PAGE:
I just noticed this today and was sad to learn that Hans Bethe died on Sunday at the age of 98. Bethe was one of the last (probably the last now) great physicists from the "golden age of physics". In the 1920s and 1930s, he along with contemporaries Albert Einstein, Niels Bohr, Werner Heisenberg, Robert Oppenheimer, Enrico Fermi, and so many other names that I learned about in my early studies in theoretical physics helped shape theoretical physics as we now know it. In particular, Bethe contributed a great deal to nuclear physics and the understanding of solor physics, which later won him the Nobel Prize in 1967. Bethe was also the leader of the theoretical physics division of the atomic bomb project in the early-1940s.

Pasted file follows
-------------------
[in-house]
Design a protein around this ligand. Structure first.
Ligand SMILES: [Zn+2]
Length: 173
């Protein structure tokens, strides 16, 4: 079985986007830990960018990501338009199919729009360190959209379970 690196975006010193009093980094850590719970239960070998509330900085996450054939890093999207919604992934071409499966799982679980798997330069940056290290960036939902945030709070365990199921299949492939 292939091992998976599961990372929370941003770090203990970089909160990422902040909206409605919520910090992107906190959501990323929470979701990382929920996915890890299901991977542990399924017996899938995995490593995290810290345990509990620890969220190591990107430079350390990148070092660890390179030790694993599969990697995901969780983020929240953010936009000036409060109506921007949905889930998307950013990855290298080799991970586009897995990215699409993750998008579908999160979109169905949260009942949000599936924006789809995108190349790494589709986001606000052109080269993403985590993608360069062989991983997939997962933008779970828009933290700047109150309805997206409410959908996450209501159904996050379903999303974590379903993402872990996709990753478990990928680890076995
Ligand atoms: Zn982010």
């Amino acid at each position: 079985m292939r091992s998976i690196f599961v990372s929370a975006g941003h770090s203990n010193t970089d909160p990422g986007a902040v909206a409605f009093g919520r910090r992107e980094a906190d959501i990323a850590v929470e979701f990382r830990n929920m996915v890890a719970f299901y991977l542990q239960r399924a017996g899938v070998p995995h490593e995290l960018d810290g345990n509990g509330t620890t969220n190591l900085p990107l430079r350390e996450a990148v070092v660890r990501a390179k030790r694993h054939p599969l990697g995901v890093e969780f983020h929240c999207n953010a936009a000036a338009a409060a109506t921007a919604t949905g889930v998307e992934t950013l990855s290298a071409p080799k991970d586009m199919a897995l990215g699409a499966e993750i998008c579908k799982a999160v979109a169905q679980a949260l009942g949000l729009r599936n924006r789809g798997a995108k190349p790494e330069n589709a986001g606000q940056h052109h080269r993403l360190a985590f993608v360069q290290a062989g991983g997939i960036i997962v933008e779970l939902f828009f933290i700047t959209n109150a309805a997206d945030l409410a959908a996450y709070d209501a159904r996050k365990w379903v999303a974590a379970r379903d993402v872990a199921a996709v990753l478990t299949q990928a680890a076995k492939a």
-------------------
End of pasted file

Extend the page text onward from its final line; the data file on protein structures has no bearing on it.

I have always admired his work and was amazed at how prolific he was throughout his life. There is a collected works of 70 years available at Amazon that I would love to read at some point. He truly was the "physicists' physicist", touching on almost all aspects of physics. He will be truly missed.